(As an aside, I find it somewhat amusing that the party that accuses the GOP of being authoritarian thinks that the solution to the GOP is one-party rule. One party rule never ends well.)
One of the lessons of politics is that the positions of the parties migrate in time. The Democrats were the party of racism up until LBJ; now, they are the “inclusive party”.
Quite a seismic shift, that.
At any rate, there are two drivers behind changing party attitudes (there may be more, but these are the two obvious ones to me);
- A changing electorate. Obviously, if the electorate shifts “left” on social issues (which is really not a “left” shift but a “libertarian” shift), so will the GOP. It will be an incremental shift which is less radical than the shift of the Dems (who are also shifting on these issues; remember that they are also the party of the Defense of Marriage Act just 20 years ago), but they will shift libertarian sufficiently to maintain the ability to compete nationally in politics.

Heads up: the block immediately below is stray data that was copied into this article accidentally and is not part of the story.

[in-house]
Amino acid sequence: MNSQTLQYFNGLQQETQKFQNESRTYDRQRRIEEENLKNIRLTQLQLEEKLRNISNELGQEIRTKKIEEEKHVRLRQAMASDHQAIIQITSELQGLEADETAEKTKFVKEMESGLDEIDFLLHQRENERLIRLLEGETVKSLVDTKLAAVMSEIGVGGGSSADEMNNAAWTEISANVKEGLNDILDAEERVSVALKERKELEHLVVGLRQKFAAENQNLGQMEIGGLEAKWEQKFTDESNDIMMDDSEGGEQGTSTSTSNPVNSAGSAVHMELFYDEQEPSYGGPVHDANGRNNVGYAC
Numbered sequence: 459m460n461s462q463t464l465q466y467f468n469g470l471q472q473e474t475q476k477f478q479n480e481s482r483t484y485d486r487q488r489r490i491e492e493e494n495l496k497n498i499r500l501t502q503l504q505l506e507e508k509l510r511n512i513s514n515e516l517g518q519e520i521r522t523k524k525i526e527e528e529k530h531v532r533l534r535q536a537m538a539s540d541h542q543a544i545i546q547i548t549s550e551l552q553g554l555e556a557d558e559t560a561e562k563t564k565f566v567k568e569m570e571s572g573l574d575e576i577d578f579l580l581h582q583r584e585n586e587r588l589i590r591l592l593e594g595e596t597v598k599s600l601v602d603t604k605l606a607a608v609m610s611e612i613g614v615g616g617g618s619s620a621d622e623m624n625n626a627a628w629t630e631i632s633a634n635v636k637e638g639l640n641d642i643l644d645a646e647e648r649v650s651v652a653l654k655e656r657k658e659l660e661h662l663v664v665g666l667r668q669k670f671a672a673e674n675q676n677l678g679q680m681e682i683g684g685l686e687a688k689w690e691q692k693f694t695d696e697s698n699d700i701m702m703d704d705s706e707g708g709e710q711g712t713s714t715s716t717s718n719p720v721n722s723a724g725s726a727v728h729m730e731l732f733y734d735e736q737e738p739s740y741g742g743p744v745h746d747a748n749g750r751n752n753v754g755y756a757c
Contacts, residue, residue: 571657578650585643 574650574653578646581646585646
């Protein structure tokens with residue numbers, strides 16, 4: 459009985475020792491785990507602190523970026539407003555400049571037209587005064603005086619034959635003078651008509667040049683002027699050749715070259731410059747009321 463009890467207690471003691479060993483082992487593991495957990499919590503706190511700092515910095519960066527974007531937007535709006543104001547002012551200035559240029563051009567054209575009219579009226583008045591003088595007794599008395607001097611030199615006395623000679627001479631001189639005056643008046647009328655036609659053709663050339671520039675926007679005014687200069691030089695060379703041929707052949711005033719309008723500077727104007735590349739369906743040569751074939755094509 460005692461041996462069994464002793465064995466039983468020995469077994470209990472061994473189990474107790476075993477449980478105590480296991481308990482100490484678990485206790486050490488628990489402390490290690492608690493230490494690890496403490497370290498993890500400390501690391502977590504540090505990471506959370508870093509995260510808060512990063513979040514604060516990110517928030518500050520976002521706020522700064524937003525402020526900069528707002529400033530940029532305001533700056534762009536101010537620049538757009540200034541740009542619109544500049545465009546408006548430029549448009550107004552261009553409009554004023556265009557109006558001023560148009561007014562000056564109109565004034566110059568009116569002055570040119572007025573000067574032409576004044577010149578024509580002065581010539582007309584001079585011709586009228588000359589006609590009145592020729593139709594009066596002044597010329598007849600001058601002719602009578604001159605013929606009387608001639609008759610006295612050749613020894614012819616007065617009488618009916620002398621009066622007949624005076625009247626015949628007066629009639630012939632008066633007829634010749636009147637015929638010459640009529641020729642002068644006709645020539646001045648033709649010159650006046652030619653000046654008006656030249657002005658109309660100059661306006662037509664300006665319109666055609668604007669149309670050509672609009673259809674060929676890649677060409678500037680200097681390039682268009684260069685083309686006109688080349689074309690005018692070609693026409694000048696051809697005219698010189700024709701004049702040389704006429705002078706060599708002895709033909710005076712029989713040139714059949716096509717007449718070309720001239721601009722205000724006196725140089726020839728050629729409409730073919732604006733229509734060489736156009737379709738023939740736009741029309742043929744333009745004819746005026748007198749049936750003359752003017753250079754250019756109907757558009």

- Economics. Simply put, a left-looking only economic philosophy is a failed one. You cannot bias policy 100% to people and 0% to business and expect growth. So, if Dem economic policy continues to be unbalanced, it will create voters for a more balanced economic policy which promises more affluence. (This will be an interesting juggling act over the next few decades, as our standards of living continue to trend down, but that’s a topic for another paper, I suspect.)